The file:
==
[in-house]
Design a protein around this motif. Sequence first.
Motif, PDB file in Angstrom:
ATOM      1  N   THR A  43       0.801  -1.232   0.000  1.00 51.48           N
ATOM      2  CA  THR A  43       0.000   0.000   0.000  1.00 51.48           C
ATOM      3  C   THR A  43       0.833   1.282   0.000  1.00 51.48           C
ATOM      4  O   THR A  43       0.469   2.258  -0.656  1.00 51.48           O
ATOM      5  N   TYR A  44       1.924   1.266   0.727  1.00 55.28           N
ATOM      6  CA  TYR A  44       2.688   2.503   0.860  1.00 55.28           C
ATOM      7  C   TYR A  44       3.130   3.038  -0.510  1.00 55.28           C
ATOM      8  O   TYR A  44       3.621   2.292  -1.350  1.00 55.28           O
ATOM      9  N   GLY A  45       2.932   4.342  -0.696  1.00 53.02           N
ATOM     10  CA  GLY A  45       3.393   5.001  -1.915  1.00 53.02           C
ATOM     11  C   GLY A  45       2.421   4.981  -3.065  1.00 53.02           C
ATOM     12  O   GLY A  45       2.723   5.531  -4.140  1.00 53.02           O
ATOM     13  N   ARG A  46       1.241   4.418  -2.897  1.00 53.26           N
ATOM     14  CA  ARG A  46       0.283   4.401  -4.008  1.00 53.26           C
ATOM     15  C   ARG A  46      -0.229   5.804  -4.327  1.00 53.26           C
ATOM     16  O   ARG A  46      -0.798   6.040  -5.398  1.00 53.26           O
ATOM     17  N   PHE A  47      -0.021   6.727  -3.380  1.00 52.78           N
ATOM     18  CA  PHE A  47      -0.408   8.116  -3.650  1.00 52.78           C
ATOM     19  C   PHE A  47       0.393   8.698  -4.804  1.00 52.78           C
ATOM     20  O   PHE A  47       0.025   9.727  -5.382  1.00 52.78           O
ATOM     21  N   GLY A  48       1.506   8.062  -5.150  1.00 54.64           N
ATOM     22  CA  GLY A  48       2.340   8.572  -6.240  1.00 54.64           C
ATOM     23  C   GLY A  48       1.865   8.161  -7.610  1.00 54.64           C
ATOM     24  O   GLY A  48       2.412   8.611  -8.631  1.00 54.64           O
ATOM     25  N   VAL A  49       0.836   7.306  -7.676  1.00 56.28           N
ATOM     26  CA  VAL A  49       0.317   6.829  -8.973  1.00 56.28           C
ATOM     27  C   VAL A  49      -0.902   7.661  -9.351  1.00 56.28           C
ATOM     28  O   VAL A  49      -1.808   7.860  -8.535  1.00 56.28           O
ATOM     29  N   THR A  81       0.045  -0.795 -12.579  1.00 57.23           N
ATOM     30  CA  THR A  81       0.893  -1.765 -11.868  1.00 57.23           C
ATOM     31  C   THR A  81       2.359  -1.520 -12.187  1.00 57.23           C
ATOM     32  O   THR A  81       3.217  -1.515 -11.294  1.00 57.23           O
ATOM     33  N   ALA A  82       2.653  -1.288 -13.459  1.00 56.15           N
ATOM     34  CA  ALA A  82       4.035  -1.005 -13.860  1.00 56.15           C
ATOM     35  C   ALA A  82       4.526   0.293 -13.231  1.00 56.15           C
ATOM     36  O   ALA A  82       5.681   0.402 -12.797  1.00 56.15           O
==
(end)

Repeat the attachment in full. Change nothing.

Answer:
[in-house]
Design a protein around this motif. Sequence first.
Motif, PDB file in Angstrom:
ATOM      1  N   THR A  43       0.801  -1.232   0.000  1.00 51.48           N
ATOM      2  CA  THR A  43       0.000   0.000   0.000  1.00 51.48           C
ATOM      3  C   THR A  43       0.833   1.282   0.000  1.00 51.48           C
ATOM      4  O   THR A  43       0.469   2.258  -0.656  1.00 51.48           O
ATOM      5  N   TYR A  44       1.924   1.266   0.727  1.00 55.28           N
ATOM      6  CA  TYR A  44       2.688   2.503   0.860  1.00 55.28           C
ATOM      7  C   TYR A  44       3.130   3.038  -0.510  1.00 55.28           C
ATOM      8  O   TYR A  44       3.621   2.292  -1.350  1.00 55.28           O
ATOM      9  N   GLY A  45       2.932   4.342  -0.696  1.00 53.02           N
ATOM     10  CA  GLY A  45       3.393   5.001  -1.915  1.00 53.02           C
ATOM     11  C   GLY A  45       2.421   4.981  -3.065  1.00 53.02           C
ATOM     12  O   GLY A  45       2.723   5.531  -4.140  1.00 53.02           O
ATOM     13  N   ARG A  46       1.241   4.418  -2.897  1.00 53.26           N
ATOM     14  CA  ARG A  46       0.283   4.401  -4.008  1.00 53.26           C
ATOM     15  C   ARG A  46      -0.229   5.804  -4.327  1.00 53.26           C
ATOM     16  O   ARG A  46      -0.798   6.040  -5.398  1.00 53.26           O
ATOM     17  N   PHE A  47      -0.021   6.727  -3.380  1.00 52.78           N
ATOM     18  CA  PHE A  47      -0.408   8.116  -3.650  1.00 52.78           C
ATOM     19  C   PHE A  47       0.393   8.698  -4.804  1.00 52.78           C
ATOM     20  O   PHE A  47       0.025   9.727  -5.382  1.00 52.78           O
ATOM     21  N   GLY A  48       1.506   8.062  -5.150  1.00 54.64           N
ATOM     22  CA  GLY A  48       2.340   8.572  -6.240  1.00 54.64           C
ATOM     23  C   GLY A  48       1.865   8.161  -7.610  1.00 54.64           C
ATOM     24  O   GLY A  48       2.412   8.611  -8.631  1.00 54.64           O
ATOM     25  N   VAL A  49       0.836   7.306  -7.676  1.00 56.28           N
ATOM     26  CA  VAL A  49       0.317   6.829  -8.973  1.00 56.28           C
ATOM     27  C   VAL A  49      -0.902   7.661  -9.351  1.00 56.28           C
ATOM     28  O   VAL A  49      -1.808   7.860  -8.535  1.00 56.28           O
ATOM     29  N   THR A  81       0.045  -0.795 -12.579  1.00 57.23           N
ATOM     30  CA  THR A  81       0.893  -1.765 -11.868  1.00 57.23           C
ATOM     31  C   THR A  81       2.359  -1.520 -12.187  1.00 57.23           C
ATOM     32  O   THR A  81       3.217  -1.515 -11.294  1.00 57.23           O
ATOM     33  N   ALA A  82       2.653  -1.288 -13.459  1.00 56.15           N
ATOM     34  CA  ALA A  82       4.035  -1.005 -13.860  1.00 56.15           C
ATOM     35  C   ALA A  82       4.526   0.293 -13.231  1.00 56.15           C
ATOM     36  O   ALA A  82       5.681   0.402 -12.797  1.00 56.15           O